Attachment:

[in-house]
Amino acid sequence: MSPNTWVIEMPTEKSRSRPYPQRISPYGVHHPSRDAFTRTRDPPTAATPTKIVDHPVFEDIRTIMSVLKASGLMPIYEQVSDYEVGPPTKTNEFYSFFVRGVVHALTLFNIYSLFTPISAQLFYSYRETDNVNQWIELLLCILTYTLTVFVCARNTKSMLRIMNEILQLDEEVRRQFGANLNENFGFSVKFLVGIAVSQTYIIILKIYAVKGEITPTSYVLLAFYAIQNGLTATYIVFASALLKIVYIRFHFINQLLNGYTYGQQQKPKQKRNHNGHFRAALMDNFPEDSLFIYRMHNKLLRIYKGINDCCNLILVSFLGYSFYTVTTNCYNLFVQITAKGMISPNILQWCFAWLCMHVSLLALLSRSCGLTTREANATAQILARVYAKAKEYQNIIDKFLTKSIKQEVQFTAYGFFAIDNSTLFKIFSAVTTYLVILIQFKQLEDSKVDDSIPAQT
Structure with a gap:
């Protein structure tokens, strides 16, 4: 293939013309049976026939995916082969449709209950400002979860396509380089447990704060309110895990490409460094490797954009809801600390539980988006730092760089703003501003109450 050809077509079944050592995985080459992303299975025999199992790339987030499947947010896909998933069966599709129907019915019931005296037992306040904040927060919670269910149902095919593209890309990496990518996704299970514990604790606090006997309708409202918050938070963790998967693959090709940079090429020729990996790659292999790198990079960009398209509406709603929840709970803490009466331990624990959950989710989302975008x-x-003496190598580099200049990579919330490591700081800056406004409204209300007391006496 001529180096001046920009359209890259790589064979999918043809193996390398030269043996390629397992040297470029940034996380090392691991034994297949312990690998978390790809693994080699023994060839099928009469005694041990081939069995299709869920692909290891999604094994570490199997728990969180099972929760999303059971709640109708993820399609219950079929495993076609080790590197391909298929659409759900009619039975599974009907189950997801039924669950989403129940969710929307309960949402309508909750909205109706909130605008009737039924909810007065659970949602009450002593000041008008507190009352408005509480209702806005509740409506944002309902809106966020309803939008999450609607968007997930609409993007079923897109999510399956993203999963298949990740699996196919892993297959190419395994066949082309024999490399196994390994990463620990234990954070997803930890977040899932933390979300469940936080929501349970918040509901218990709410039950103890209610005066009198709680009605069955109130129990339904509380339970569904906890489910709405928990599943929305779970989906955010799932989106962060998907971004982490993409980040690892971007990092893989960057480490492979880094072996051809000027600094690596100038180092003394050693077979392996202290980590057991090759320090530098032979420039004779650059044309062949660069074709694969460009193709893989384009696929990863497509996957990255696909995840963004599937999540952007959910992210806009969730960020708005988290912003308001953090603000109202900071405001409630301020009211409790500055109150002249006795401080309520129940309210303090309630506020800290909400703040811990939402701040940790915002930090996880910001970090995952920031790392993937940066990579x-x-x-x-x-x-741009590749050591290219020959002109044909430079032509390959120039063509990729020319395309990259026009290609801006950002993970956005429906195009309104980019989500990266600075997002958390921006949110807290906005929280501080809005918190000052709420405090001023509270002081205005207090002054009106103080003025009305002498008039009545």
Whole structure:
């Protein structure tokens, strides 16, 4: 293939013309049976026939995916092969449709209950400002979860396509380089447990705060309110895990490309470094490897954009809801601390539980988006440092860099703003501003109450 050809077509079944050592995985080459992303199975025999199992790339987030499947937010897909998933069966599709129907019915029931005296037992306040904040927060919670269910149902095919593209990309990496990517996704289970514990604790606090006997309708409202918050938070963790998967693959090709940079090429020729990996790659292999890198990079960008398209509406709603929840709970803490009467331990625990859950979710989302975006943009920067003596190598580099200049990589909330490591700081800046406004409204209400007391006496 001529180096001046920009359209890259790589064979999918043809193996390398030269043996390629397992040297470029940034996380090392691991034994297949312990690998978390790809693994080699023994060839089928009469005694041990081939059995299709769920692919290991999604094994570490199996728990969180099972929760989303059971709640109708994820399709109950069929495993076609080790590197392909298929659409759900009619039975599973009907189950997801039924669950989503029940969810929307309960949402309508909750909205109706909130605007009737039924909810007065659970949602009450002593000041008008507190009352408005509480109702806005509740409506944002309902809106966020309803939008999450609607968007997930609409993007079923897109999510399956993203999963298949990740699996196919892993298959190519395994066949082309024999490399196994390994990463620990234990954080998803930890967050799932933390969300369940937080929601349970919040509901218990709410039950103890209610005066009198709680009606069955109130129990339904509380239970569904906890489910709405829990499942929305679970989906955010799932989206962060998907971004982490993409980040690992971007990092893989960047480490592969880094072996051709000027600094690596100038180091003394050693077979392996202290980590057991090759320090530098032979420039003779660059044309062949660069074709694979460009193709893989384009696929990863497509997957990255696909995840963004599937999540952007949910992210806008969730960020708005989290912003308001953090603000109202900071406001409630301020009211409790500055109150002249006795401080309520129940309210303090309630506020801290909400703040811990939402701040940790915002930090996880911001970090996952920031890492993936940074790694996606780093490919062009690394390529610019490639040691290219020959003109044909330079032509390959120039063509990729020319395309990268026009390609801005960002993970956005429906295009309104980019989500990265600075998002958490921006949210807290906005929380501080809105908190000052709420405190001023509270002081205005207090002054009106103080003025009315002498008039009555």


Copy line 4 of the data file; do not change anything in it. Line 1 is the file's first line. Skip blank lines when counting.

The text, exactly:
């Protein structure tokens, strides 16, 4: 293939013309049976026939995916082969449709209950400002979860396509380089447990704060309110895990490409460094490797954009809801600390539980988006730092760089703003501003109450 050809077509079944050592995985080459992303299975025999199992790339987030499947947010896909998933069966599709129907019915019931005296037992306040904040927060919670269910149902095919593209890309990496990518996704299970514990604790606090006997309708409202918050938070963790998967693959090709940079090429020729990996790659292999790198990079960009398209509406709603929840709970803490009466331990624990959950989710989302975008x-x-003496190598580099200049990579919330490591700081800056406004409204209300007391006496 001529180096001046920009359209890259790589064979999918043809193996390398030269043996390629397992040297470029940034996380090392691991034994297949312990690998978390790809693994080699023994060839099928009469005694041990081939069995299709869920692909290891999604094994570490199997728990969180099972929760999303059971709640109708993820399609219950079929495993076609080790590197391909298929659409759900009619039975599974009907189950997801039924669950989403129940969710929307309960949402309508909750909205109706909130605008009737039924909810007065659970949602009450002593000041008008507190009352408005509480209702806005509740409506944002309902809106966020309803939008999450609607968007997930609409993007079923897109999510399956993203999963298949990740699996196919892993297959190419395994066949082309024999490399196994390994990463620990234990954070997803930890977040899932933390979300469940936080929501349970918040509901218990709410039950103890209610005066009198709680009605069955109130129990339904509380339970569904906890489910709405928990599943929305779970989906955010799932989106962060998907971004982490993409980040690892971007990092893989960057480490492979880094072996051809000027600094690596100038180092003394050693077979392996202290980590057991090759320090530098032979420039004779650059044309062949660069074709694969460009193709893989384009696929990863497509996957990255696909995840963004599937999540952007959910992210806009969730960020708005988290912003308001953090603000109202900071405001409630301020009211409790500055109150002249006795401080309520129940309210303090309630506020800290909400703040811990939402701040940790915002930090996880910001970090995952920031790392993937940066990579x-x-x-x-x-x-741009590749050591290219020959002109044909430079032509390959120039063509990729020319395309990259026009290609801006950002993970956005429906195009309104980019989500990266600075997002958390921006949110807290906005929280501080809005918190000052709420405090001023509270002081205005207090002054009106103080003025009305002498008039009545």